J. Tate, R. H. Jones, Enoch Tate, F. A. Howell, E. P. Stanley, 
W. W. Weeks, I. M. McNeer, W. J. Grace, J. E. Frizzell, J. L. 
Frizzell, J. T. Rhyne, H. W. Thurmond, A. J. McMillan, F. I. 
McGee, J. S. Rhyne, Mrs. C. C. Horton, C. E. Frizzell, C. M. 
Holmes, N. M. Whorry, M. L. McLellan, E. E. Howell, M. L. 
Rogers, Misses A. E. Holmes, and E. R. Horton. 

The names of its first officers were : W. Jenkins, master ; M. 
Holmes, overseer ; Geo. E. L. Holmes, lecturer ; J. L. Frizzell, 
steward; James Moorhead, assistant steward; E. P. Stanley, 
chaplain; T. J. Tate, treasurer; C. H. Jones, secretary; F. I. 
McGee, gate-keeper ; Mrs. C. C. Horton, ceres ; Miss Ella Hor- 
ton, Pomona; Miss A. E. Holmes, Flora; and Mrs. C. M. 
Holmes, lady assistant steward. 

It does not now exist. The last meeting recorded was on 
November 20, 1886. The last officers were : F. A. Howell, mas- 
ter; B. M. Sheehy, overseer; J. T. Moore, steward; J. P. Eu- 
bank, chaplain; James Moorhead, treasurer; W. J. Grace, sec- 
retary; Mrs. E. E. Howell, lady assistant steward. 

The minutes of the different meetings of the members have 
been preserved, and all the records are accessible. They are 
in the Archives of the Mississippi Historical Society. 

• This report was prepared by Mr. F. A. Howell, Master, of Bowling 
Green, Miss. 

1 64 Mississippi Historical Society. 

Bowling Green Co-operative Association.^® 

The date of its organization was October, 1879, and its first 
meeting was held in October, 1879. The. object of this organi- 
zation was to cooperate in business. The name of the associa- 
tion was changed to ''Bowling Green Central." 

The names of the promoters or founders were : James Moor- 
head, Jas. A. Roberts, S. A. Montgomery, W. F. Nabers, A. J. 
McMillan, S. J. McLellan, H. W. Thurmond, J. P. Eubank, E. 
P. Stanley, J. T. Moore, F. A. Howell and others. 

The names of its first officers were: S. A. Montgomery, 
chairman; F. A. Howell, secretary; James Moorhead, treas- 
urer. H. W. Thurmond, E. P. Stanley and S. J. McLellan 
were made directors, and J. A. Linder and W. A. Denton, audi- 

It does not now exist. The last officers were : S. J. McLellan, 
chairman ; F. A. Howell, secretary ; J. L. Frizzell, business man- 
ager. Directors : W. F. Nabers, E. P. Stanley, A. J. McMillan, 
J. E. Covington, J. P. Eubank and Jas. A. Wigley. 

The minutes of the different meetings of the members and 
officers have been preserved. They are in the Archives of the 
Mississippi Historical Society. 

Holmes County Grange, No. 7." 

The first minute book has been lost or mislaid. The first 
meeting of this association was held in April, 1880.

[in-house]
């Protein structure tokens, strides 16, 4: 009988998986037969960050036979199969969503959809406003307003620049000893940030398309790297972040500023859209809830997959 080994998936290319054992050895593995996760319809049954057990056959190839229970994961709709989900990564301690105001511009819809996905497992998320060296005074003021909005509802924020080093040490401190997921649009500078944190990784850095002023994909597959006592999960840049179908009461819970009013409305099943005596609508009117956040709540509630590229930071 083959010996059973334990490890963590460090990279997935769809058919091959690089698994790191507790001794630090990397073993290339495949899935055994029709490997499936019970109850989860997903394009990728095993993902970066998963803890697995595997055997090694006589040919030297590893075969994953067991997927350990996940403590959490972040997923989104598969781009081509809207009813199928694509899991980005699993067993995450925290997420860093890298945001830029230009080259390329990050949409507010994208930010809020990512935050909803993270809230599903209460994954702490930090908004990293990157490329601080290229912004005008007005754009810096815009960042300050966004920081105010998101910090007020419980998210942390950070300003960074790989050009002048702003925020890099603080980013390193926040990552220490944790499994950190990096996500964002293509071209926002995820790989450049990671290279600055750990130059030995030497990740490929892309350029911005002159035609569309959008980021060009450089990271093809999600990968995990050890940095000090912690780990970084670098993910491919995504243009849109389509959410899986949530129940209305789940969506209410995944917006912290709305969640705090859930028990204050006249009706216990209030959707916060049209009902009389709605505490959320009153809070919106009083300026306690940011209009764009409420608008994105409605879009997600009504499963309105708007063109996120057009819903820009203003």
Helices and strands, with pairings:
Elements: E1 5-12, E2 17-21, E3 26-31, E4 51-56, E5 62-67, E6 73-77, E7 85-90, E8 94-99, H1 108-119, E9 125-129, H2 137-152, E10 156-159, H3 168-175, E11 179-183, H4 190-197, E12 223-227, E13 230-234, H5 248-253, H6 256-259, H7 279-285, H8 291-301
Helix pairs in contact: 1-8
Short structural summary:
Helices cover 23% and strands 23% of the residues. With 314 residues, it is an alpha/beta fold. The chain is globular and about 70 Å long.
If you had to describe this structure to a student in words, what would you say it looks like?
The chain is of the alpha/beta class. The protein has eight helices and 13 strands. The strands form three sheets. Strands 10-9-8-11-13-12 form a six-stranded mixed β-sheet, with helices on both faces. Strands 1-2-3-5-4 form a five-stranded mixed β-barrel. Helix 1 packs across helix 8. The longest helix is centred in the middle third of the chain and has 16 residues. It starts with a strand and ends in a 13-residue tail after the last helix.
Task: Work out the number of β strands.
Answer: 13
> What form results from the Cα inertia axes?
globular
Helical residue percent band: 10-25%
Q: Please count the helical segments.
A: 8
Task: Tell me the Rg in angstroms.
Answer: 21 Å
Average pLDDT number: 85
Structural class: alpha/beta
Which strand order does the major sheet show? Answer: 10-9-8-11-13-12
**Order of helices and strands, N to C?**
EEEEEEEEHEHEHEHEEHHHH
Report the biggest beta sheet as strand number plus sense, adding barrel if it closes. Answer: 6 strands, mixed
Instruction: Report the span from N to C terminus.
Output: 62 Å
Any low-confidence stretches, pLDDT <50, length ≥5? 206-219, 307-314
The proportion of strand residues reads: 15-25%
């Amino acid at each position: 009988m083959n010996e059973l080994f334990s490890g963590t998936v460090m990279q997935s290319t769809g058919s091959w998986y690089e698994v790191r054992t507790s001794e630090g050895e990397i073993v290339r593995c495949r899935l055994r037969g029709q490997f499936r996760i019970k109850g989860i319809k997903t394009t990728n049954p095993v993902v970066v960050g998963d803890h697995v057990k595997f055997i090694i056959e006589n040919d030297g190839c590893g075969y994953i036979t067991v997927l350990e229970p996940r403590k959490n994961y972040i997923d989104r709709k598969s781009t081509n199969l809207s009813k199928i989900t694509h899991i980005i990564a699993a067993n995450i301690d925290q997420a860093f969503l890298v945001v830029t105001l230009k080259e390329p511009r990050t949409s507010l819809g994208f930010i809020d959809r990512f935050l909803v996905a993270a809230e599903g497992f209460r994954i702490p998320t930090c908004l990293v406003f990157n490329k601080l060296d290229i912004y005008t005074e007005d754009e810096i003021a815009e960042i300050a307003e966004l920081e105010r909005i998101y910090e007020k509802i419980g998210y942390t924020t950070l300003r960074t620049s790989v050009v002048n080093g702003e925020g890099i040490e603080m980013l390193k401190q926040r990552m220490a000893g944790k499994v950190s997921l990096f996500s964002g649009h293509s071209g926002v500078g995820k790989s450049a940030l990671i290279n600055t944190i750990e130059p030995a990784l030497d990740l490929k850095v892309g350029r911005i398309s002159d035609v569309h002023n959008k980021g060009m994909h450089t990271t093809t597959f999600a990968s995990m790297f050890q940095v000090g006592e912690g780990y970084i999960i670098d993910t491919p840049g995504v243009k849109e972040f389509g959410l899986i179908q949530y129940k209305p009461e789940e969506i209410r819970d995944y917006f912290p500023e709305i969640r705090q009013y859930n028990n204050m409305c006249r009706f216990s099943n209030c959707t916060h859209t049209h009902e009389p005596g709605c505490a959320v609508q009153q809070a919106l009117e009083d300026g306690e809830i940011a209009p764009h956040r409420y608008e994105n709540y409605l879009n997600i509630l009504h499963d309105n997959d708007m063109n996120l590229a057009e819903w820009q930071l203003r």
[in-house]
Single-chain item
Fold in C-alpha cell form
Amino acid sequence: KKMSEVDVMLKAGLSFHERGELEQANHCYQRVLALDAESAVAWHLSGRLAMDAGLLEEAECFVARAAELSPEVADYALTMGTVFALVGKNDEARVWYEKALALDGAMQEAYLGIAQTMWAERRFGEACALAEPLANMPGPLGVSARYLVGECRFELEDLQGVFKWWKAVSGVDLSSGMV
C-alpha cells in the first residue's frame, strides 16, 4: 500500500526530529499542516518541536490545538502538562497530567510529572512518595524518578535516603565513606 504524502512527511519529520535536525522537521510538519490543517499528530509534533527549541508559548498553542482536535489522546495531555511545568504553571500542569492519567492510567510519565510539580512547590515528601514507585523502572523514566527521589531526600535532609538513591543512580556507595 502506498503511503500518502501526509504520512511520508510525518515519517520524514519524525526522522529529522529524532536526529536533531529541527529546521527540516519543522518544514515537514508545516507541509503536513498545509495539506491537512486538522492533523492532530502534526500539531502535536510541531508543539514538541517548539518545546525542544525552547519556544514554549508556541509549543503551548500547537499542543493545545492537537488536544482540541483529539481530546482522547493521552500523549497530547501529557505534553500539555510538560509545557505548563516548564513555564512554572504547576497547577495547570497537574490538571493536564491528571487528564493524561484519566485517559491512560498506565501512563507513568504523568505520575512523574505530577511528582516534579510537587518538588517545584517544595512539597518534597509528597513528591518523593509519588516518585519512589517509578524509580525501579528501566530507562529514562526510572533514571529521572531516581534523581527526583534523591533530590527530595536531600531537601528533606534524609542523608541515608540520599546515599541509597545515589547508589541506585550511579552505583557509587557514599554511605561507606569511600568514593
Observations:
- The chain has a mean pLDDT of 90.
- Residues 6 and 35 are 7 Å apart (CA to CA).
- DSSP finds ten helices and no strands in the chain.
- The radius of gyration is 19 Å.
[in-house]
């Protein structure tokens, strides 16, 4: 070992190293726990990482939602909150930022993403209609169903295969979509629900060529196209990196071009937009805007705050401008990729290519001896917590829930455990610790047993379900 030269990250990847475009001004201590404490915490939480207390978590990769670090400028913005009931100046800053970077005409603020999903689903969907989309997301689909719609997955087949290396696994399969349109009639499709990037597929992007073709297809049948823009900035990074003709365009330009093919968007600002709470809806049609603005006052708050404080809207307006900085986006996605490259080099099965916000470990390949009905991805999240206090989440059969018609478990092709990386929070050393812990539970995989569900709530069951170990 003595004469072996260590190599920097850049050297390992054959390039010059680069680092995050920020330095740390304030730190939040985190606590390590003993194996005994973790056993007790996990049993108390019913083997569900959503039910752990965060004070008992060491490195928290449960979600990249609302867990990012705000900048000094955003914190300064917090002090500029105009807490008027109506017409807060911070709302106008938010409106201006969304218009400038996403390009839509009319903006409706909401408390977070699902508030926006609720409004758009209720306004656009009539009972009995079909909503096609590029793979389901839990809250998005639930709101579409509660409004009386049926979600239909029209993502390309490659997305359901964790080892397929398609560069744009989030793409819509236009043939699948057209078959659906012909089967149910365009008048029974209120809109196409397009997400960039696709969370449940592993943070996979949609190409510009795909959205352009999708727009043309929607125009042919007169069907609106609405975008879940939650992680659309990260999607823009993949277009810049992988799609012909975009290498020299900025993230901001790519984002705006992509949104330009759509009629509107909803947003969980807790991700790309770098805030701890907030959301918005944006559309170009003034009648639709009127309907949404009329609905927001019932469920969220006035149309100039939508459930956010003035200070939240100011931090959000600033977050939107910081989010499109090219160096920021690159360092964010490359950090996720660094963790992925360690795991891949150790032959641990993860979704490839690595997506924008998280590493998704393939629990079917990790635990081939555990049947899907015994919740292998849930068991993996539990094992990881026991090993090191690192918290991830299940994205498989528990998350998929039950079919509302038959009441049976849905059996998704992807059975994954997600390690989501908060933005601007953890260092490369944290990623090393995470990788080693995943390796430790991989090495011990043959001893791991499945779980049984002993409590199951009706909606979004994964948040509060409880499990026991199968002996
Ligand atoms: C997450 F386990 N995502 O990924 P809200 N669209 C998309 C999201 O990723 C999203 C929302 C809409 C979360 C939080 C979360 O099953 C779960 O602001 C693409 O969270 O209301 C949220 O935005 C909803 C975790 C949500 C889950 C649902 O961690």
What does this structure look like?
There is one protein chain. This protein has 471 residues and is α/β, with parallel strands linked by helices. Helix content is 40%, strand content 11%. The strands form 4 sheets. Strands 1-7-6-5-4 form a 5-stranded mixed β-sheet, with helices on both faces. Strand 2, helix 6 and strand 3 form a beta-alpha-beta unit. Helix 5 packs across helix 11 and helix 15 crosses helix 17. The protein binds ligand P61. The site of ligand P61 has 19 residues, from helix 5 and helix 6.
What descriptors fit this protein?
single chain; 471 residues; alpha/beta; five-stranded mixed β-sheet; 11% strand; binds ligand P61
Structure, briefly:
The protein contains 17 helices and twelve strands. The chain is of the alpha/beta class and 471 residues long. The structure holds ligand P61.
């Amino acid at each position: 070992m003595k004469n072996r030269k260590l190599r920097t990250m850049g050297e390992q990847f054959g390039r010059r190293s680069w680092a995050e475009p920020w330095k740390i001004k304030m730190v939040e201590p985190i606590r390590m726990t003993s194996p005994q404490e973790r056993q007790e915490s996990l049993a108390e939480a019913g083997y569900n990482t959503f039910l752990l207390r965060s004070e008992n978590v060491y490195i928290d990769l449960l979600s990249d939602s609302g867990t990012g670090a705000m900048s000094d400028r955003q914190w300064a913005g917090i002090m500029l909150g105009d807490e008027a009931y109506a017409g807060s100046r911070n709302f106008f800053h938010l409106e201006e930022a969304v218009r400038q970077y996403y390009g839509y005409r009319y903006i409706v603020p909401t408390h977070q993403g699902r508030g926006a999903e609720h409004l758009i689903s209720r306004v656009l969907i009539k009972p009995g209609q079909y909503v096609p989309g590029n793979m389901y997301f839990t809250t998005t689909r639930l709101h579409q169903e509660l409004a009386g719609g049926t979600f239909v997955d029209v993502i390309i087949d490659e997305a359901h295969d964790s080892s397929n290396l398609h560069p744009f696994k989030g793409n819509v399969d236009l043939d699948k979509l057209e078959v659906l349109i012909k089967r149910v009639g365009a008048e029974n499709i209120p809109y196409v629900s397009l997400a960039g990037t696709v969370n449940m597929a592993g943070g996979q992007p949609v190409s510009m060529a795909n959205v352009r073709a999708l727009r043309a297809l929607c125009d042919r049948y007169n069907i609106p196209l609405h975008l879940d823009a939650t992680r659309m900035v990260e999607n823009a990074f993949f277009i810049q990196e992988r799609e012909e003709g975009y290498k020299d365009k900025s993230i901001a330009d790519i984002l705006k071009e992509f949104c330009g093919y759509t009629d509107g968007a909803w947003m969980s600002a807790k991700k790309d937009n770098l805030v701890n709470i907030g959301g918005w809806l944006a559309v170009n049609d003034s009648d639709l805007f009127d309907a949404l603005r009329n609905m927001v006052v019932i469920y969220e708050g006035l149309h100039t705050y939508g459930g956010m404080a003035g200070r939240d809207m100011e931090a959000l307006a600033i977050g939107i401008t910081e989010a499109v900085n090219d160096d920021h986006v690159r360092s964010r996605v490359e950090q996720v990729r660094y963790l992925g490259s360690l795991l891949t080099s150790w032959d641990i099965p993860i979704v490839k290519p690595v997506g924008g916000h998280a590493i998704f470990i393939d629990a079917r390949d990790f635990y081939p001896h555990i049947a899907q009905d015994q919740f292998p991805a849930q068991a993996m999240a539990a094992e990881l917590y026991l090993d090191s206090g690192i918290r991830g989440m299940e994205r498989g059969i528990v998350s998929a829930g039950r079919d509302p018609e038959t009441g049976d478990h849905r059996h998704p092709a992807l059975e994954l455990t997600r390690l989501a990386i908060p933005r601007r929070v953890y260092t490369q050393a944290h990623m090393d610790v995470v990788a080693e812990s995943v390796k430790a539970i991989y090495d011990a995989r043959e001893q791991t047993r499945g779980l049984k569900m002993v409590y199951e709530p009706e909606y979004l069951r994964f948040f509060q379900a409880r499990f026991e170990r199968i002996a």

The object of this organization was to promote the interests 
of agriculture and to keep the different subordinate Granges in 
close touch with each other for purposes of cooperation in all 
that tended to further the interests of farmers in the county. 

The names of the promoters or founders were : J. H. Douglas, 
J. G. Hamilton, Baxter Wilson, F. W. Eakin, Ike S. Harvey, 
Martin Holmes, Joseph McGee, F. A. Howell and others. 

The name of its first master was J. H. Douglas. The 
list of the other early officers has been lost. In 1882 Bax- 
ter Wilson was master ; J. M. McCaleb, overseer ; H. Christmas, 
lecturer; F. A. Howell, steward; B. F. Porter, assistant 
steward; B. M. Sheehy, treasurer; Ike S. Harvey, secretary; 
W. W. Fowler, gate keeper; Alice Frost, Pomona; Annie Mc- 

"This report was prepared by Mr. F. A. Howell, Secretary. 
"This report was made by Mr. F. A. Howell, Secretary 

The Mississippi State Grange. 165 

Millan, Flora; Bettie McCaleb, Ceres, and Alice Porter, lady 
assistant steward. 

It does not now exist. The last officers were : F. W. Eakin, 
master; J. C. C. Grain, overseer; B. M. Sheehy, lecturer; G. 
M. Grain, steward; W. G. Herring, assistant steward; T. S. 
Wright, chaplain ; J. P. Eubank, treasurer ; F. A. Howell, sec- 
retary; G. W. Garnett, gate-keeper; Miss Minnie Eakin, Po- 
mona; Miss Myrtle Howell, Flora; Miss Alice Frost, Geres; 
Miss Mary Grain, lady assistant steward. 

There is not a complete file of the annual reports. The re- 
ports for 1880-1881 are missing. The minutes of the different 
meetings of the members have been preserved from 1882, and 
from 1882 to 1889 inclusive. These records are in the Ar- 
chives of the Mississippi Historical Society. 

The minute books of Gentral Grange are in the hands of W. 
A. Whorry, Franklin, Miss.